What's really different, however, is that Aurora (like "Vail," the next version of Windows Home Server) also creates a unique drive letter in Explorer for each share. So the Company share can also be accessed, on the server, by the Y: drive, and the Users share is found at W: too. Why is this, I asked? According to Microsoft, these mapped drive letters make it easier for users to find the shares in the file system (they were previously somewhat hidden on in D:\Shares in WHS v1). And they're easier to back up as well.
OK, fair enough. But there's no UI for deleting shares and their accompanying drive letters simultaneously, at least not in the standard Aurora management UI, called the Dashboard.
Extensibility is the key. Where Aurora is really going to prove impressive is via its new add-on model. The problem, for now, is that there are no Aurora add-ons to test, though there is a hint in the UI that one is coming for Microsoft's Business Productivity Online Suite, or BPOS, which provides hosted versions of Exchange, SharePoint, and other Microsoft servers. I'm eager to try such an add-on, but I'll need to wait. So I asked about other add-ons that may be coming.
From the look of things, it's going to be pretty exhaustive. Microsoft plans add-ons for on-premise servers, like Exchange 2010, as well as for hosted services, and there is a very interesting set of management add-ons coming that will simplify Group Policy and other management features. Also coming are add-ons that will negate the very real need, currently, to logon to the server via Remote Desktop Connection to perform many management tasks. Those will all be exposed through the Dashboard in the future, which will be a nice change.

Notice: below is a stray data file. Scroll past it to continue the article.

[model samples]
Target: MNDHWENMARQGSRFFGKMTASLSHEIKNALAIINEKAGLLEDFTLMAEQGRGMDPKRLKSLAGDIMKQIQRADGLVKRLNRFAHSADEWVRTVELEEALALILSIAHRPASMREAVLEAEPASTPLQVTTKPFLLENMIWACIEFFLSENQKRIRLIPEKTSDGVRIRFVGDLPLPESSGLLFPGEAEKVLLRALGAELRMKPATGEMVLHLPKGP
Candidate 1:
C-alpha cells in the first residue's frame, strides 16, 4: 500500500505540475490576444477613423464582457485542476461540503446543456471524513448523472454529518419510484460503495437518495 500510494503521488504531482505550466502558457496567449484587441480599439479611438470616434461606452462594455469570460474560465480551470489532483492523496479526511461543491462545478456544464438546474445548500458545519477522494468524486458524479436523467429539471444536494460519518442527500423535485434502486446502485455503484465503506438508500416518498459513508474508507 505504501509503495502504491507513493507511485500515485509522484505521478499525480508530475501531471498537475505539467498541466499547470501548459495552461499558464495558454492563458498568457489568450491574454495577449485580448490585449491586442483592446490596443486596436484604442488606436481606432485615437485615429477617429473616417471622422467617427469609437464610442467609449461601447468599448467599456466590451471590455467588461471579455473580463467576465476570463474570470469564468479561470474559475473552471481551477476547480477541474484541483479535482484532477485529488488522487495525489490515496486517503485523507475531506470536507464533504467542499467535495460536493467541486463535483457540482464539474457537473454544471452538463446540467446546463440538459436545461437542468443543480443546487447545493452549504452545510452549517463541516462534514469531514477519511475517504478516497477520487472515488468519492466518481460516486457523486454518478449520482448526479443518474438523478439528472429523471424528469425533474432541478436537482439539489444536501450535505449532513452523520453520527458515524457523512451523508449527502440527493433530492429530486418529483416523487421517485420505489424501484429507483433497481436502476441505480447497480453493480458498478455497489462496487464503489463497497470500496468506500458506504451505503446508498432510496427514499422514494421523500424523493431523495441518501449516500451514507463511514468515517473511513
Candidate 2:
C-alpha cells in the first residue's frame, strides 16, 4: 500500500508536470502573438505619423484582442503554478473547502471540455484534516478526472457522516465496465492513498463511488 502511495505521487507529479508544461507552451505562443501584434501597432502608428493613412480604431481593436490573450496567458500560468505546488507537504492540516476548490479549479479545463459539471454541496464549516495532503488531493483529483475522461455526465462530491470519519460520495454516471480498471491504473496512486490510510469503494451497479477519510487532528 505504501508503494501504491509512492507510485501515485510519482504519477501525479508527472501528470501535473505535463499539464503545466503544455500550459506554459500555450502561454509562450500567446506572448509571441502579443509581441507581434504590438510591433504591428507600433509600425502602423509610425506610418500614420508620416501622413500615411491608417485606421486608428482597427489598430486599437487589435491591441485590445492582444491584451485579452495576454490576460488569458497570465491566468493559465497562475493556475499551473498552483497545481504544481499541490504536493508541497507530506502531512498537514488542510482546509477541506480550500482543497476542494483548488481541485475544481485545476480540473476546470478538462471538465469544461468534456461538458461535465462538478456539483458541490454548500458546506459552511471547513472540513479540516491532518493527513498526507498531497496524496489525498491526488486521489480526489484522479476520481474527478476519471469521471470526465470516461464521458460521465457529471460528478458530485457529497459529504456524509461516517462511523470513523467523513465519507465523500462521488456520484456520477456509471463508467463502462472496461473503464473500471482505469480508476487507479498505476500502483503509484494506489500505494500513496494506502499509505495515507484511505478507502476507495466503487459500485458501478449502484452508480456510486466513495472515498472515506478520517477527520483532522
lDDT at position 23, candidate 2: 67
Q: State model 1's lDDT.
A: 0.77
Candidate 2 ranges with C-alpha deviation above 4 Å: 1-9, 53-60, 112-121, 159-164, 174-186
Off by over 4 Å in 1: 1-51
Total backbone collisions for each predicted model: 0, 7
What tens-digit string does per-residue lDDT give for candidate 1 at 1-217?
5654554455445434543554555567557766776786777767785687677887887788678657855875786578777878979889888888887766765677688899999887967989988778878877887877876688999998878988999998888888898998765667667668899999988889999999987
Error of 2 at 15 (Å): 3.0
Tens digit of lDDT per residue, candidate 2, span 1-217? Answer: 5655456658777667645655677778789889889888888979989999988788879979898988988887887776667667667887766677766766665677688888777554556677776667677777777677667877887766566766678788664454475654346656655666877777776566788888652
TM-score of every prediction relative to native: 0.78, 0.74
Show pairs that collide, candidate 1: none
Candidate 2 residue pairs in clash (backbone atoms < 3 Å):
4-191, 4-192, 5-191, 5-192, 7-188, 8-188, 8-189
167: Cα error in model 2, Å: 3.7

Microsoft is also going to offer something called a Premium Add-on for Aurora that will provide a fully licensed copy of Windows Server 2008 R2 and SQL Server 2008 R2. This provides features not found in Aurora--like Hyper-V--and lets you extend your new domain with a second domain controller. And it is a second machine: Contrary to the upgrade possibility suggested by its name, the Premium Add-on is installed on a second server, not over the existing Aurora box.
Put simply, Aurora lives up to the needs of its stated mission and will be an excellent solution for very small businesses. But where this thing will really come into its own is in the hands of someone who really knows their way around AD and GP. Just implementing something like folder redirection, for example, could make a huge difference for users. These kinds of capabilities, I think, will be out of reach for typical Aurora users, however, unless they sign up with a forward-looking Microsoft partner that understands the product and the ways in which they can provide value on top of the base package. Yes, Aurora is in many ways a starter server. But lurking underneath the hood is (almost) the full power of Windows Server, just waiting to be unleashed.